Revamping an Old Chandlier


My house has a two story open entry way that had a small brass chandelier in view of a window.  That chandelier was a bad size for the area it was located.  With a foyer that open and tall, I knew I could get away with something large.

I love the wrought iron type of look.  However, purchasing a wrought iron chandelier that is four feet high would be ridiculous.  The weight of such an adventure would surely be problematic with me having to hire  a crew to help.  Even though the ceiling and box were already prepared for a chandelier, holding the weight of a chandelier like I pictured in my mind would be a bigger venture than I want to take on right now.  Not only that, but the chandeliers I liked were so overpriced that I couldn’t justify the expense.  I found a super large one for a low cost and waited over a year before it was installed.  What a nightmare!  There’s a reason it wasn’t priced too high due to every little piece having to be assembled.  I really mean EVERYTHING down to the arms, the electrical connections of the arms, etc.  The directions were obviously translated and were basically pictures.  Regardless, I’ve done enough assembly that it didn’t really phase me (but did explain why the price was low).  The assembly wasn’t the reason it waited.  I was the reason it waited.


The brass chandelier was removed.  The new chandelier took on the location.  In the background of the upstairs hallway was a gaudy and cheap looking mini chandelier that matched the gold of the brass one that was hanging.  For awhile, I tried to decide what I was going to do with that hallway light.  It can clearly be seen on the bottom floor at the entry level.  So, I got this swift idea that I was going to try to make it match the chandelier in the entry.


I turned the power off to the light (I’m talking about the fuse box shut off, folks), removed it, and started to put my plan in action.  Since there are no places to hook crystals, I ordered bobeches (those are the glass bowl looking pieces near the candle part of the fixture) that had four places to add crystals.  I also ordered different crystal pieces to put my plan in action.  I matched up pictures online to what was on my large chandelier.  While I waited for those items to arrive, I started by cutting the brass around each candle to be circular.  The hexagon shape was annoying me.  I filed it down with a metal file.  This was a real pain, and it would have been easier just to leave it alone.

I bought a can of glossy black paint and primer.  After making sure the piece was free of dirt and grime, I removed the plastic candles, covered anything I didn’t want painted with painting tape (the blue tape), and put a light coat onto the fixture.  It took a couple of days regarding the painting process to make sure everything was dry and that I covered the areas.  If you spray paint, follow directions so you don’t create big drips by overdoing your spraying.  I find that setting pieces in a cardboard box is helpful to not get spray paint all over the place.  Patience is everything when it comes to coating and allowing to dry.  Follow the instructions because over spraying makes a piece look like a drip scene.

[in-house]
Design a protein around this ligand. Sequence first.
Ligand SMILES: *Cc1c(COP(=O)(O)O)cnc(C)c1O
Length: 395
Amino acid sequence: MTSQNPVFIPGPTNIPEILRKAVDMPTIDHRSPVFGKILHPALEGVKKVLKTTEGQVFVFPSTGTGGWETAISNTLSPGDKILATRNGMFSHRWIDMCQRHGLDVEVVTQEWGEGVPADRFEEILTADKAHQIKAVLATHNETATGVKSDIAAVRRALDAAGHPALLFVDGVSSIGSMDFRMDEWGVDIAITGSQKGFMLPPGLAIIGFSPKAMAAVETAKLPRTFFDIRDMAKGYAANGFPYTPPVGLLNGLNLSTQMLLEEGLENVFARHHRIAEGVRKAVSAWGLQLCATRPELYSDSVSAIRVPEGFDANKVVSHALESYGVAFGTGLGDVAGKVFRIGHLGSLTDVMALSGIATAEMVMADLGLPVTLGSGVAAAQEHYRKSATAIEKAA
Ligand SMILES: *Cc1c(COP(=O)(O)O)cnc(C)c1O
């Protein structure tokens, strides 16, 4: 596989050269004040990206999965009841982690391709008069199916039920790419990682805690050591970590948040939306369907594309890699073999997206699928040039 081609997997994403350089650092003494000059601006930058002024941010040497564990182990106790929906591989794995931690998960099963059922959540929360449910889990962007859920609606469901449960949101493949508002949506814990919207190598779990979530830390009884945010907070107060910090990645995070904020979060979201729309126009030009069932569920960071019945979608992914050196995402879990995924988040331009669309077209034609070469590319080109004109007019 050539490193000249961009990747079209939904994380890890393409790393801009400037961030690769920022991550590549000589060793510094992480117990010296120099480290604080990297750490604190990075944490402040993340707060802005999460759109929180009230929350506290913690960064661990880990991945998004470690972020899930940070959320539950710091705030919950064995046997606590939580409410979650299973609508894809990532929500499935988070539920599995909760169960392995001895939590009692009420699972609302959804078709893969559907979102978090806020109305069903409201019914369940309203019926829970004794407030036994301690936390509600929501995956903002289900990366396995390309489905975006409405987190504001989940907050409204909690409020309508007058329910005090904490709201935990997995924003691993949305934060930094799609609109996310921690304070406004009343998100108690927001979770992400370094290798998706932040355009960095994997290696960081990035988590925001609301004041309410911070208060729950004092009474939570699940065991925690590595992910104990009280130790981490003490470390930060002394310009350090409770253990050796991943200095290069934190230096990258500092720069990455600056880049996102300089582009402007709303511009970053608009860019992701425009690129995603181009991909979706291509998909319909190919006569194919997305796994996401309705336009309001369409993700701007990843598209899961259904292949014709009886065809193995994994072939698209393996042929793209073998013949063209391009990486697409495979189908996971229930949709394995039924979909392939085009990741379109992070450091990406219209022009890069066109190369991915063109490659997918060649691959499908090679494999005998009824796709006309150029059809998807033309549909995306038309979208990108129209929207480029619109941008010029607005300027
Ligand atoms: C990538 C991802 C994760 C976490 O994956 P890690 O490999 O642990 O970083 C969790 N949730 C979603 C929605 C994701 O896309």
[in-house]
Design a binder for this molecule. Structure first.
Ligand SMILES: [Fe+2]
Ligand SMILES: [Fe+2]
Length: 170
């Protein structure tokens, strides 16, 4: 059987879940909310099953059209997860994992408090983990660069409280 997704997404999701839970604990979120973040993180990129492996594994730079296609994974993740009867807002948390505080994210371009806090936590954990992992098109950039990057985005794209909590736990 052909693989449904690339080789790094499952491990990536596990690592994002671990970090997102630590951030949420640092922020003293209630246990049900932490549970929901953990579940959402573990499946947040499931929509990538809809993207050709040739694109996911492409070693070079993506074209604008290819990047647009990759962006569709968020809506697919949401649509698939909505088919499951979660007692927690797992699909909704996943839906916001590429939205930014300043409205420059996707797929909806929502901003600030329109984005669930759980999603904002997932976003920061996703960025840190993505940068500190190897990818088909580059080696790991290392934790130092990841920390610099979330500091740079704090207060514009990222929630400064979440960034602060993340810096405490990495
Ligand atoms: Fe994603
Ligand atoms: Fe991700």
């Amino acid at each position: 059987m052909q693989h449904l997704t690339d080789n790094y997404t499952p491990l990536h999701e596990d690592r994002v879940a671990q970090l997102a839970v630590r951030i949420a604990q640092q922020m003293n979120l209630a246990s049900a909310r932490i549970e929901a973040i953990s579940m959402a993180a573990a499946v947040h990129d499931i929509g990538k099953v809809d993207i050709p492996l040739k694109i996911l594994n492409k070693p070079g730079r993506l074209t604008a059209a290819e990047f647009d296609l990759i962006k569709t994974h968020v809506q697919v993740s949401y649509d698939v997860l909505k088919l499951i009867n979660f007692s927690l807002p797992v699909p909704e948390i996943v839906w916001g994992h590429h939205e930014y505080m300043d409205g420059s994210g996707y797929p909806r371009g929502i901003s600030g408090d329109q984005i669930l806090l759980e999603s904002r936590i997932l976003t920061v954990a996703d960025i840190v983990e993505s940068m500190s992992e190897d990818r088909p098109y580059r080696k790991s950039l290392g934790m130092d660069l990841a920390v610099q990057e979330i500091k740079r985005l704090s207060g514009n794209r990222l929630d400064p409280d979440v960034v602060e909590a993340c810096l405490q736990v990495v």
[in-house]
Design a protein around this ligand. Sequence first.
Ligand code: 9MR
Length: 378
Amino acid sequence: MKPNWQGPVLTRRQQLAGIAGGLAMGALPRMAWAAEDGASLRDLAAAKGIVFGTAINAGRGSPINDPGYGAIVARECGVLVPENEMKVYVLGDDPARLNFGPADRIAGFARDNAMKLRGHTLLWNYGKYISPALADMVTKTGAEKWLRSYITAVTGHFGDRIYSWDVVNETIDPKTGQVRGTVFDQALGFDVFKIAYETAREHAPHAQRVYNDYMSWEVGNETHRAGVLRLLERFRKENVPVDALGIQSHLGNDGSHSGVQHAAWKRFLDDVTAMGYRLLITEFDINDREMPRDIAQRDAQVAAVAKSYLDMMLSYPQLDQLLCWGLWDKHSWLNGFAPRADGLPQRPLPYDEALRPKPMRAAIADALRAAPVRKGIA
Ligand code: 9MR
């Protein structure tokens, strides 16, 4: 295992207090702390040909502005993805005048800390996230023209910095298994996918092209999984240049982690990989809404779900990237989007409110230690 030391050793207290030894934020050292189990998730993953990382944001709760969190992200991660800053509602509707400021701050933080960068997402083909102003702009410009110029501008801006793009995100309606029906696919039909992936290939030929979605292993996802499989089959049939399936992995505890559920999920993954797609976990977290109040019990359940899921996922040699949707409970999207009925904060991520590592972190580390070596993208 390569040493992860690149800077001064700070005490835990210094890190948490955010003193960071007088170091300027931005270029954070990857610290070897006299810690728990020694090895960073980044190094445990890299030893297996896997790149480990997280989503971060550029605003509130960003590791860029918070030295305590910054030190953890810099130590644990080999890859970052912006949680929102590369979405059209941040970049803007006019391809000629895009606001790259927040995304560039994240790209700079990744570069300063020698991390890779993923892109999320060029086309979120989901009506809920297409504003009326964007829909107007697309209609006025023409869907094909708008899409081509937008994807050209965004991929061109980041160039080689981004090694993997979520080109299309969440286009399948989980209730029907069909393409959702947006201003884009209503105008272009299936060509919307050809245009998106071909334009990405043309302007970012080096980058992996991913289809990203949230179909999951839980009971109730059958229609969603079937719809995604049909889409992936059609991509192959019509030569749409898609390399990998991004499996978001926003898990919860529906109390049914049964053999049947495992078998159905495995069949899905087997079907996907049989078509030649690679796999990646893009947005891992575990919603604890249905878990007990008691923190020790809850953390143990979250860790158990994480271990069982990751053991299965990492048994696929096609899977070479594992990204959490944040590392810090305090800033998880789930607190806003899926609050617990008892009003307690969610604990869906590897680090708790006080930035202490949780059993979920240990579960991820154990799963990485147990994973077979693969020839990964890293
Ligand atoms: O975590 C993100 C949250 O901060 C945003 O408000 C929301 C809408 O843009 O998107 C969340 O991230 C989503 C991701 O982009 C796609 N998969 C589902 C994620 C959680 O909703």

The difference a can of spray paint can make.

An unnecessary step:  I cleaned off the plastic pieces and dipped the outer edges in beeswax.  I created drips with the beeswax to make them look like real candles.  I actually have done this on a couple of fixtures after having seen them sold online.  I purchased the beeswax awhile back using a coupon at Michaels Arts and Crafts.  The drips can be created by just dripping the wax down the sides with a spoon while the candle sits on waxed paper.  If you mess up, just let it cool completely and scrape it off.  Really, it was kind of pointless considering people aren’t tall enough to see this particular part of the project.

After mounting the light fixture, I added the candles on, slipped the bobeches over, and went to town adding crystals on the fixture.  I could have kept going with this because it was fun trying to figure out how to make a non-crystal holding piece into one that has crystals.  I used LED lights to save money in the future.  They were used on the large chandelier as well because who wants to have to change bulbs on a fixture like that?


The total cost of this project was around $30.00.  You can control what you spend on something like this based on how far you want to go with crystals, etc.  In the end, I was able to match that small chandelier to the large one enough that the pieces look like they were meant to go together.  I can’t even tell you  how many people use to walk into my house and make fun of that hallway light.  When the large chandelier went up, the brass one stood out like a sore thumb.  I hope you enjoyed this project and found it inspiring.  If you have a chandelier or light fixture project you would like to share, hit me up on Facebook!  I love seeing your ideas!



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